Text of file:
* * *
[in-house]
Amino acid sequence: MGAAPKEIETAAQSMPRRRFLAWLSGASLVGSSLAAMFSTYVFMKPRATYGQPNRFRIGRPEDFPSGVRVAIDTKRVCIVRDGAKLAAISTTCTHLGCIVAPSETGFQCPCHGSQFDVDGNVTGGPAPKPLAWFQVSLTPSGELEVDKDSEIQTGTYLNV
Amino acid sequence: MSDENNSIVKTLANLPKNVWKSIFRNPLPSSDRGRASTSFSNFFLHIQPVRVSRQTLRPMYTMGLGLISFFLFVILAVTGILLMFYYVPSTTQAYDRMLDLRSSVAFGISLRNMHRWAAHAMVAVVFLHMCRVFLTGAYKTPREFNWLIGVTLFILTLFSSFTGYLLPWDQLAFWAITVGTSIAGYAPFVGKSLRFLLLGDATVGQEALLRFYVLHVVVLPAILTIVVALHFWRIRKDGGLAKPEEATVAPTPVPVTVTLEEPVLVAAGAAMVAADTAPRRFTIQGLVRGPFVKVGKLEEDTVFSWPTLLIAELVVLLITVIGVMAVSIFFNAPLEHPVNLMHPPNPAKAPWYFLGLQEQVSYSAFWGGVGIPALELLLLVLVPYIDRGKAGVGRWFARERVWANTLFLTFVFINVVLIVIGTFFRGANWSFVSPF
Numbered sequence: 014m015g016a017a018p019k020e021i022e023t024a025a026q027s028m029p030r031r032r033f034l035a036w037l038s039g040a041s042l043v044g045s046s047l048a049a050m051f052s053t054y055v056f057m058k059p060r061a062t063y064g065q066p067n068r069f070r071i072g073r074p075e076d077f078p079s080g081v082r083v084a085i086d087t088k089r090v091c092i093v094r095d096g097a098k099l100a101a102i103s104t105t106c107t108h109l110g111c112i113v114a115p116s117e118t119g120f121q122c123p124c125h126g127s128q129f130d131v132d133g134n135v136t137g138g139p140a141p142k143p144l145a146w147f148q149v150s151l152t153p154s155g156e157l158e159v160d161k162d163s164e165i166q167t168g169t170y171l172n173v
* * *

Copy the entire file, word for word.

[in-house]
Amino acid sequence: MGAAPKEIETAAQSMPRRRFLAWLSGASLVGSSLAAMFSTYVFMKPRATYGQPNRFRIGRPEDFPSGVRVAIDTKRVCIVRDGAKLAAISTTCTHLGCIVAPSETGFQCPCHGSQFDVDGNVTGGPAPKPLAWFQVSLTPSGELEVDKDSEIQTGTYLNV
Amino acid sequence: MSDENNSIVKTLANLPKNVWKSIFRNPLPSSDRGRASTSFSNFFLHIQPVRVSRQTLRPMYTMGLGLISFFLFVILAVTGILLMFYYVPSTTQAYDRMLDLRSSVAFGISLRNMHRWAAHAMVAVVFLHMCRVFLTGAYKTPREFNWLIGVTLFILTLFSSFTGYLLPWDQLAFWAITVGTSIAGYAPFVGKSLRFLLLGDATVGQEALLRFYVLHVVVLPAILTIVVALHFWRIRKDGGLAKPEEATVAPTPVPVTVTLEEPVLVAAGAAMVAADTAPRRFTIQGLVRGPFVKVGKLEEDTVFSWPTLLIAELVVLLITVIGVMAVSIFFNAPLEHPVNLMHPPNPAKAPWYFLGLQEQVSYSAFWGGVGIPALELLLLVLVPYIDRGKAGVGRWFARERVWANTLFLTFVFINVVLIVIGTFFRGANWSFVSPF
Numbered sequence: 014m015g016a017a018p019k020e021i022e023t024a025a026q027s028m029p030r031r032r033f034l035a036w037l038s039g040a041s042l043v044g045s046s047l048a049a050m051f052s053t054y055v056f057m058k059p060r061a062t063y064g065q066p067n068r069f070r071i072g073r074p075e076d077f078p079s080g081v082r083v084a085i086d087t088k089r090v091c092i093v094r095d096g097a098k099l100a101a102i103s104t105t106c107t108h109l110g111c112i113v114a115p116s117e118t119g120f121q122c123p124c125h126g127s128q129f130d131v132d133g134n135v136t137g138g139p140a141p142k143p144l145a146w147f148q149v150s151l152t153p154s155g156e157l158e159v160d161k162d163s164e165i166q167t168g169t170y171l172n173v